I work with a guy who had the surgery done and he lost weight fast, then he put some back on, now he tries to live a healthy lifestyle and works out all the time to stay skinny

I actually eat MORE now than I did when I was 275+, it's just much better quality food and I exercise 4-5 times a week
 

Queen Bee

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As a Surgical Technologist who has done all those surgery.. i am telling you forget the Lap Band surgery. If you are going to do it , go for a "Laproscopic Gastric Sleeve" or Laproscopic Gastric Bypass surgery.. it has a higher success rate and overall better outcome.

If you like .. i can recommend surgeons for you. Pm me if you want .
 
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I have two relatives that have had this done and the results are similar to what others have reported. A lap band isn't a magic bullet that will make you thin. You can still eat terrible things and if you eat them slowly and often you can still overeat easily (just not all at one time). Unless you're willing to commit to a real lifestyle change you won't be able to keep the weight off. You have to either alter your diet, increase exercise or (best case scenario) both. I also recommend a smartphone app (or several). A calorie tracker tends to keep you very honest if you follow through with it. I use Loseit! but there are others out there (my fitness pal, etc). I also highly recommend getting into a routine with exercise... running 3 times a week with a C25K program (Couch to 5k) is a great start. You'll be in better shape because you're burning calories and increasing your cardio.


The biggest thing you need to do to start is to make the commitment to make this change. For those of us not blessed with a high metabolism, it is a commitment. You can/will see results sooner than you expect though... I went from being 250+ and never running to running a 5K within about 2 1/2 months. Once you start exercising, you will start feeling better (although the first couple of weeks will be hard). That's why a C25K program is great... it builds you up gradually.

I agree totally with the person who said this is a family commitment. If you're able to make the commitment but your wife is still cooking mac and cheese and other shitty unhealthy food every night then it's not going to work. It all starts with you being able to make the commitment though. Good luck.
 
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I have two relatives that have had this done and the results are similar to what others have reported. A lap band isn't a magic bullet that will make you thin. You can still eat terrible things and if you eat them slowly and often you can still overeat easily (just not all at one time). Unless you're willing to commit to a real lifestyle change you won't be able to keep the weight off. You have to either alter your diet, increase exercise or (best case scenario) both. I also recommend a smartphone app (or several). A calorie tracker tends to keep you very honest if you follow through with it. I use Loseit! but there are others out there (my fitness pal, etc). I also highly recommend getting into a routine with exercise... running 3 times a week with a C25K program (Couch to 5k) is a great start. You'll be in better shape because you're burning calories and increasing your cardio.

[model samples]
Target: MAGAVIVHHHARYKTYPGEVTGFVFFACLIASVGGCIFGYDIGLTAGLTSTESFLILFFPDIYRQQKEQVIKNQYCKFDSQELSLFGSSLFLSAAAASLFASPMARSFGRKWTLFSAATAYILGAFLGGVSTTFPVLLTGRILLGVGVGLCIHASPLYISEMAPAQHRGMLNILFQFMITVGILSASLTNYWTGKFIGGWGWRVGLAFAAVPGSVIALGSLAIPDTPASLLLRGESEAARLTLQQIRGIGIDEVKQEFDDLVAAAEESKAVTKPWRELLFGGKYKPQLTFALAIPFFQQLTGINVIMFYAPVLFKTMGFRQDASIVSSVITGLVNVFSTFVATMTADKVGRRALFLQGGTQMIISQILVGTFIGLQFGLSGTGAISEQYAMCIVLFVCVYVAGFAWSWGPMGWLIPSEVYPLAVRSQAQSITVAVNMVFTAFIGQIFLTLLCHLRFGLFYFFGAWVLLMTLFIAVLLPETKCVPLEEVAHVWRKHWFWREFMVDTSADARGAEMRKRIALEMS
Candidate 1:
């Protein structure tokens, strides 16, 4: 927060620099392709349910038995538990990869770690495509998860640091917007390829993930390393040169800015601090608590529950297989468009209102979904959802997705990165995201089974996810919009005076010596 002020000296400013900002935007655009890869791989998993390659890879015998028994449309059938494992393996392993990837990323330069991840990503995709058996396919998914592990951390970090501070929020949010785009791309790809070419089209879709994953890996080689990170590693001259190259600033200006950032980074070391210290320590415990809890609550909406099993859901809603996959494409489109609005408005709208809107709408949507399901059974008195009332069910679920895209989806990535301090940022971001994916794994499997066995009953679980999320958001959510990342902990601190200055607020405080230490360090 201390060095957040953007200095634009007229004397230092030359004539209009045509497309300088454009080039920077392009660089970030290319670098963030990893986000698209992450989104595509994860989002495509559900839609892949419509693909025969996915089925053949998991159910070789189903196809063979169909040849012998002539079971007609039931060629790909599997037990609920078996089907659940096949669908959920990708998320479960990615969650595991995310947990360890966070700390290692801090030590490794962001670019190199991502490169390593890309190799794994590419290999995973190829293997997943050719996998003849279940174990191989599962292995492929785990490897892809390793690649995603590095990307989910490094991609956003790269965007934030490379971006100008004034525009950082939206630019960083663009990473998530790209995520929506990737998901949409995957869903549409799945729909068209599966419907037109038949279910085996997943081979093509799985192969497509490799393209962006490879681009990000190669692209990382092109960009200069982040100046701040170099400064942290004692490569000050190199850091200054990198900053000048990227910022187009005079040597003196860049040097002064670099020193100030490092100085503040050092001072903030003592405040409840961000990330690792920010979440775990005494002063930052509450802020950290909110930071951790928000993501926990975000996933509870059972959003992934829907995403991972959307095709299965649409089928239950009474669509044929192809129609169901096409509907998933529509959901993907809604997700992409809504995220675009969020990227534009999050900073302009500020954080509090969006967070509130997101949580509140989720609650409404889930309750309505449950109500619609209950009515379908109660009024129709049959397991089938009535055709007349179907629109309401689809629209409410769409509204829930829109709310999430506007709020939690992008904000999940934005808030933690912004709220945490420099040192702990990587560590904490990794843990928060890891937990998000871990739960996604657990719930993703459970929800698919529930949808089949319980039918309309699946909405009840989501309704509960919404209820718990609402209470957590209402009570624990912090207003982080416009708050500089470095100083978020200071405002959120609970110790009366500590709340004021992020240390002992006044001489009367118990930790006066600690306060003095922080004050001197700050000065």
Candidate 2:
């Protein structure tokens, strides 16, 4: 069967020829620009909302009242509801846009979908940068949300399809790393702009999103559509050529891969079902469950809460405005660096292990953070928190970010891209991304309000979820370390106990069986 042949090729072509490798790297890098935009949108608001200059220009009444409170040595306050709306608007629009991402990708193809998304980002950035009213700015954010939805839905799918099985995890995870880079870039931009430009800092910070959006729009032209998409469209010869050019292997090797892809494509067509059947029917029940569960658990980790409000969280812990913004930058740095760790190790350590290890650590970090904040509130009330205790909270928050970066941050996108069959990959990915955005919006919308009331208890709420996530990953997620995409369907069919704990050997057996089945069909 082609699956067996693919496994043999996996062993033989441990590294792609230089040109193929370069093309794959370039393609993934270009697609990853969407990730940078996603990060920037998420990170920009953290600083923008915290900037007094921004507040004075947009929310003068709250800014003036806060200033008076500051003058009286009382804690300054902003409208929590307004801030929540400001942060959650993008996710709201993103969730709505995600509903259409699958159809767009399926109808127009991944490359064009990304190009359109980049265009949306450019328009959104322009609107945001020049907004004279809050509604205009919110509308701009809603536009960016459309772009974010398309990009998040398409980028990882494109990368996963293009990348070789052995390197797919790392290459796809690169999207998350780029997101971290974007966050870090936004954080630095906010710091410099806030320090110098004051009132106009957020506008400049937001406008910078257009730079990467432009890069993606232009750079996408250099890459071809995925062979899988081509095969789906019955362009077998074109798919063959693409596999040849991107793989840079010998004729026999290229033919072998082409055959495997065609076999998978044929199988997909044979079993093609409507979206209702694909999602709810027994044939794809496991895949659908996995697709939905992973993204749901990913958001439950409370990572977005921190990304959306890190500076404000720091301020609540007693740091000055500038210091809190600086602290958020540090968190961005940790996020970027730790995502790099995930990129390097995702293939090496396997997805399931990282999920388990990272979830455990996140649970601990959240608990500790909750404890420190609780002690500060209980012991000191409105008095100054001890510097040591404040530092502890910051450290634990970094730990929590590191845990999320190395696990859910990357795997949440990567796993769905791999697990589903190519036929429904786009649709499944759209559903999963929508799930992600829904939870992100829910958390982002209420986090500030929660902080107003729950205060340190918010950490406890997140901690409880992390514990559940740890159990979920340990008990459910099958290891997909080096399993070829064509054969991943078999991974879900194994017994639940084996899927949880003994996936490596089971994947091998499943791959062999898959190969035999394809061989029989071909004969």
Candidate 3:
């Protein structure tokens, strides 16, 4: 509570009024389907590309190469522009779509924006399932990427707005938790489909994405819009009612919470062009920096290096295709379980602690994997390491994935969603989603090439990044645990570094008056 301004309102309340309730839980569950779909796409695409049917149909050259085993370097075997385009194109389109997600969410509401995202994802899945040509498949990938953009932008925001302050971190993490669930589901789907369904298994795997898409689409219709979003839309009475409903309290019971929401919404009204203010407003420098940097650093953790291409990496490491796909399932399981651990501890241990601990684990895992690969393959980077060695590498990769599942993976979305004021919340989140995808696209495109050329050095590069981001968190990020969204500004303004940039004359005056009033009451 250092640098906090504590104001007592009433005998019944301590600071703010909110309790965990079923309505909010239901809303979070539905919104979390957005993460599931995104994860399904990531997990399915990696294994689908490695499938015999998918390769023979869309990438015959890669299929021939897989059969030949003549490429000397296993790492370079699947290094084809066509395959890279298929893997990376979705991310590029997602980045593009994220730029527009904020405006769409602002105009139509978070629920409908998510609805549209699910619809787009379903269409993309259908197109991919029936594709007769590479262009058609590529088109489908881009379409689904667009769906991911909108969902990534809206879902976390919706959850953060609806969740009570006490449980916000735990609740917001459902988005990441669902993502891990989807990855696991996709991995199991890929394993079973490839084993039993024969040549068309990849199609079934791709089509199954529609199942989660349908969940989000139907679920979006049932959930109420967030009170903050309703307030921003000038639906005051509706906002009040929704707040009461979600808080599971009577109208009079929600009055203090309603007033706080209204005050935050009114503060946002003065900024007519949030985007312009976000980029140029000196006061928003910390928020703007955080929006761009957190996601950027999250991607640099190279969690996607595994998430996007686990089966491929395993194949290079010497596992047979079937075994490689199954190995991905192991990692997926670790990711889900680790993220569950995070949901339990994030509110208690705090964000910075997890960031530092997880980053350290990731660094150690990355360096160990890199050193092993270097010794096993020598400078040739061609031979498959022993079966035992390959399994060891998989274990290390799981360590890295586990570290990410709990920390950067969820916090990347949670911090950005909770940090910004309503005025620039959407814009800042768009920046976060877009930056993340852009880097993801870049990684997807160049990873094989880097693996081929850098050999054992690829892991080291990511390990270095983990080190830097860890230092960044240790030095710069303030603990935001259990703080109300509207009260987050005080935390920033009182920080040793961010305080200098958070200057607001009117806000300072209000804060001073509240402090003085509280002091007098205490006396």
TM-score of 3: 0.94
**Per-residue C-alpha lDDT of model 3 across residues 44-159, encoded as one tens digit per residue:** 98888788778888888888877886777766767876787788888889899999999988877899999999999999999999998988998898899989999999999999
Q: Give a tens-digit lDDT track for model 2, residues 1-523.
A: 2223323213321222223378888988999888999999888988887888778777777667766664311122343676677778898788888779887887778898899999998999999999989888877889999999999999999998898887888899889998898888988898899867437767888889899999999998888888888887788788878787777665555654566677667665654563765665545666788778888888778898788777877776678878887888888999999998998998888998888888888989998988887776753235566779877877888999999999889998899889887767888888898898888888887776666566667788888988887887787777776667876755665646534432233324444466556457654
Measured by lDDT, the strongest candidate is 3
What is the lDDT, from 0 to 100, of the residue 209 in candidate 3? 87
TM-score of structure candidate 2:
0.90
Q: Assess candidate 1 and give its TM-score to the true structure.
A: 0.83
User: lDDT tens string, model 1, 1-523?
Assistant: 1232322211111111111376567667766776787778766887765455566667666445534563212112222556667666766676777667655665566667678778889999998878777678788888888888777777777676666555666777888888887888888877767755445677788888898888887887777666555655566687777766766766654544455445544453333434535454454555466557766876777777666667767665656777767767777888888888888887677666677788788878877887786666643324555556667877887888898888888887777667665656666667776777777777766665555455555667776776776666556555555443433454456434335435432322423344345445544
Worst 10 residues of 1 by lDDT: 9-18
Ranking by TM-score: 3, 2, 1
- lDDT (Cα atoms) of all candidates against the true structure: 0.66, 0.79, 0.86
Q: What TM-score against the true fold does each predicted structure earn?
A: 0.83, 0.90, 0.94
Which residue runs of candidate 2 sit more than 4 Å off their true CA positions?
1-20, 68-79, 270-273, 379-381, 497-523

The biggest thing you need to do to start is to make the commitment to make this change. For those of us not blessed with a high metabolism, it is a commitment. You can/will see results sooner than you expect though... I went from being 250+ and never running to running a 5K within about 2 1/2 months. Once you start exercising, you will start feeling better (although the first couple of weeks will be hard). That's why a C25K program is great... it builds you up gradually.

I agree totally with the person who said this is a family commitment. If you're able to make the commitment but your wife is still cooking mac and cheese and other shitty unhealthy food every night then it's not going to work. It all starts with you being able to make the commitment though. Good luck.
I agree with all of this, I went from fishing being my most physical activity to doing a spartan race, insanity workout programs, lifting weights, running 5k etc but it took many small steps to get there.
I went from eating horrible foods to a mostly paleo diet, barely cooking to making delicious meals every day

never thought I could do it. A coworker inspired me by going from 315+ to 190

again, I think the surgery is an option worth exploring but regardless what route you go you need to commit to a healthier lifestyle
 
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Have you met with nutritionists? Considered a personal trainer? If you can learn how to eat properly and learn out to exercise efficiently and correctly, you might have a better chance. Of course these aren't cheap options and I'd wager a bet that insurance would cover the lap band but not the other, healthier alternative,
I would call your insurance and ask. Mine pays for an gym membership, among other things. They make more money if you are slender and healthy, and if they can do it without expensive surgery and potential after-effects, it it would be worth their while. They may have programs for weight loss.

I did weight watchers in 2008, went from 200 to 175 in two months, and kept it off until I left weight watchers. Several people there (all men) lost 100lbs+. Its about cataloging what you eat and how much, more than a diet. I have found success removing sugar from coffee, no soda except on weekends, various things like that.

I have also had success doing exercise groups (like cardio-kickboxing, spinning, etc) at the gym, rather than showing up by myself.